CARACAS • Venezuela's opposition leader Juan Guaido called for a nationwide march on Caracas to crank up the pressure on embattled President Nicolas Maduro, as the country endured its third night largely without power.
The massive blackout crippling the oil-rich but economically troubled South American nation has fuelled the political stand-off between Mr Guaido, who is recognised as Venezuela's leader by more than 50 countries, and Mr Maduro, who is clinging to power.
No national data was available about the impact of the power outage, but a non-governmental organisation said at least 15 patients with advanced kidney disease died after they stopped receiving dialysis treatments in darkened hospitals.
As night fell on Saturday, power across much of the country - which first went off on Thursday - was still not restored. Businesses remained shut, hospitals struggled to operate and public transport barely functioned.
The 35-year-old Mr Guaido, the head of Venezuela's National Assembly, earlier told thousands of supporters that he would soon embark on a nationwide listening tour before leading a march on the capital.
"Once we've finished the tour, the organisation in every state, we'll announce the date when all together, we'll come to Caracas," Mr Guaido said, a megaphone in his hand, as he stood on the roof of a pickup truck.
Security forces had prevented the opposition from setting up a stage at their original protest site, arresting three people.
"Miraflores, Miraflores!" chanted Mr Guaido's supporters in response - a reference to the presidential palace, currently occupied by Mr Maduro.
Mr Guaido, who proclaimed himself president of the country of 30 million people in January and says Mr Maduro's May re-election was illegitimate, wants new polls.
Mr Guaido threatened to authorise an outside military intervention "when the time comes", pointing to the Constitution, which authorises "the use of a Venezuelan military mission abroad, or foreigners inside the country".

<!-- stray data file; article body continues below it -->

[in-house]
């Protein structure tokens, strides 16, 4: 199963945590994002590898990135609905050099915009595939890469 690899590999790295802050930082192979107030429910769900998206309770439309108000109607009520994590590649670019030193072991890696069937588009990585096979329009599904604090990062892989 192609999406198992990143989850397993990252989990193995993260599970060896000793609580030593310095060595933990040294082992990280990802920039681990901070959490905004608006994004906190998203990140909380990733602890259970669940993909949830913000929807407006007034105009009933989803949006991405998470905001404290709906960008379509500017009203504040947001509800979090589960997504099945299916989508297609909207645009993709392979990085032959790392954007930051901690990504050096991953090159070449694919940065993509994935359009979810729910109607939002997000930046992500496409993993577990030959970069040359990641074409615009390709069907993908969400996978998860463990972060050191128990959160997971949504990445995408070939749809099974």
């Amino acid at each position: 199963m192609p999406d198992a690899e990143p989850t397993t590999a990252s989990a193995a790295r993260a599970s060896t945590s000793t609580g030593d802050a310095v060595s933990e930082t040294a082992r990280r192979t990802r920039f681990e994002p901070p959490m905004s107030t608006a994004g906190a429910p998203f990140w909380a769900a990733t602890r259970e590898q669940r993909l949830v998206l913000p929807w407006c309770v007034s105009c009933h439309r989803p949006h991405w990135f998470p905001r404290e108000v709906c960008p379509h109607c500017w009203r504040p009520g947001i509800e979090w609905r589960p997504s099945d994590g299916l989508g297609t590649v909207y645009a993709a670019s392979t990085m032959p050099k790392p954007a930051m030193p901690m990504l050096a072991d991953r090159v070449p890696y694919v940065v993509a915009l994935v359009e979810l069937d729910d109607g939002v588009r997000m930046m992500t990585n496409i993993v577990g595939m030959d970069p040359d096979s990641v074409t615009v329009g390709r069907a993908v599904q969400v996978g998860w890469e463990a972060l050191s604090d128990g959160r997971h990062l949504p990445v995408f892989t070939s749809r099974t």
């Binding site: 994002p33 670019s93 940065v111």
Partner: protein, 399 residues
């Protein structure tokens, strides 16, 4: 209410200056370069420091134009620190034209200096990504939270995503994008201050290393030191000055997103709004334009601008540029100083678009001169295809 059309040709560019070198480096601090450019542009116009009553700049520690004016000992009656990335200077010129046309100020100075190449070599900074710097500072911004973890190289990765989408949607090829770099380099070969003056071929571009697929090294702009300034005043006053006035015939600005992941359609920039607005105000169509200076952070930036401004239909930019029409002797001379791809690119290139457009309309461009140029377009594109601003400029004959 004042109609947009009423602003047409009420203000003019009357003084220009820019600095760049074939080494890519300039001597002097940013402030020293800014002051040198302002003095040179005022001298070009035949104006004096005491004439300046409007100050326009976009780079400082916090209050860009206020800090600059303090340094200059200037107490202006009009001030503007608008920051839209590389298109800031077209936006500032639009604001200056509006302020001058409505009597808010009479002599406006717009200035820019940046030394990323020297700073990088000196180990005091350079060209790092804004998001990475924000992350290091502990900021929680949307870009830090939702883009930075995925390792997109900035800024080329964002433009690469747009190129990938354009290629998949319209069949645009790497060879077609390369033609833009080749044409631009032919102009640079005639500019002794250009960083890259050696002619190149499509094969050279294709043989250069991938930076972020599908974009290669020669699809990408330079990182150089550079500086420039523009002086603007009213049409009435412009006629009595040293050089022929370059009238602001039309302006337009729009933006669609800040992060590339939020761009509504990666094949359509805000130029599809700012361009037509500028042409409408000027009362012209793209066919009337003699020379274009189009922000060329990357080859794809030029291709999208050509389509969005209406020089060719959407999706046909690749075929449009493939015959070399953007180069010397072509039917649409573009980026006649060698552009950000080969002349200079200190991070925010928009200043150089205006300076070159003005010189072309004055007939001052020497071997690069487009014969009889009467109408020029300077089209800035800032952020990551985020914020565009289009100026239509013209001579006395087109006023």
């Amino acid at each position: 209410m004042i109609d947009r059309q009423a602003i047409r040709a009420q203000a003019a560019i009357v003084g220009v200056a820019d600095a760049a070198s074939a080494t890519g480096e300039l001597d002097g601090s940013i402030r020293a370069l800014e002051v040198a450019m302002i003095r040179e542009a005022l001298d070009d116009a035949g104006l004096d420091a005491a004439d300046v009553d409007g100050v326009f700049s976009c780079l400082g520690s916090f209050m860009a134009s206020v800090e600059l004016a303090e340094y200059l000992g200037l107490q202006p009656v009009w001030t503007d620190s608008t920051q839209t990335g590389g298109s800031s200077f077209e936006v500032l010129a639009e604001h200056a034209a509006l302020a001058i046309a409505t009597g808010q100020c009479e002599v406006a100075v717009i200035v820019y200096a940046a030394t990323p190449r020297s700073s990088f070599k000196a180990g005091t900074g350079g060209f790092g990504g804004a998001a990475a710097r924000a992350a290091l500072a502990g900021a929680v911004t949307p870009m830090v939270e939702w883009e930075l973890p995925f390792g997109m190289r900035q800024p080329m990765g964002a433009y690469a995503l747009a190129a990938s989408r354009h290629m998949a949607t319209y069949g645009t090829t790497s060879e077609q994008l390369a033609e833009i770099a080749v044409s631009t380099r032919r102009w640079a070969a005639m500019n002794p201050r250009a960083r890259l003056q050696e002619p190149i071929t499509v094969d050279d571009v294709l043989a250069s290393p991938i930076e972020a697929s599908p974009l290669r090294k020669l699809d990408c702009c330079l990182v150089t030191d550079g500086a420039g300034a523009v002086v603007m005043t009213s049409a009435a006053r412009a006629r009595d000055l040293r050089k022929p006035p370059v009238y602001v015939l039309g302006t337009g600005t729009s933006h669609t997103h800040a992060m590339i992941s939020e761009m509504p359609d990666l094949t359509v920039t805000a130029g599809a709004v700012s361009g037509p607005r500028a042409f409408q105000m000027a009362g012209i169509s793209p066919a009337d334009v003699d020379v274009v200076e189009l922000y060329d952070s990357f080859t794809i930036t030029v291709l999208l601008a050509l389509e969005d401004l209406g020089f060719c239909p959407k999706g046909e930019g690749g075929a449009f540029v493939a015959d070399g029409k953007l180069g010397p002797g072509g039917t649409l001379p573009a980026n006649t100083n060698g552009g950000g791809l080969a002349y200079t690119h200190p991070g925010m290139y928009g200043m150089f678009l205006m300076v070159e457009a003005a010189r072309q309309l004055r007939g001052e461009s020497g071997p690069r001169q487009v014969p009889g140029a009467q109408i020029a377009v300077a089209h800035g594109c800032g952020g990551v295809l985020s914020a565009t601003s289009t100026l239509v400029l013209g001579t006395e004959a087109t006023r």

"All the options are on the table," he said, borrowing a phrase from US President Donald Trump.
Mr Maduro also rallied his supporters. Wearing red, they protested against "imperialism" at a march that marked four years since the United States branded Venezuela a "threat" to its security and imposed sanctions.
"Today, more than ever, we're anti-imperialists. We will never surrender!" Mr Maduro wrote on Twitter.
He said almost 70 per cent of power had been restored by mid-day, when a "cyber attack" was reported at a major power plant.
"That disturbed and undid everything we had achieved," he said.
Both the pro-Guaido and the pro-Maduro rallies ended without major incident.
The blackout is one of the worst and longest in recent memory in Venezuela, which is already suffering from shortages of food and medicine due to the overarching economic crisis.
Problems have been exacerbated by hyperinflation that the International Monetary Fund says will reach 10 million per cent this year.
An estimated 2.7 million people have left the country since 2015.
Ms Francisca Rojas, a 62-year-old retiree living in Caracas, said: "I've spent three nights in a lot of distress. I'm very anxious because the situation is not getting resolved, the little food that we have in the fridge is going to spoil."
"How long are we going to put up with this?"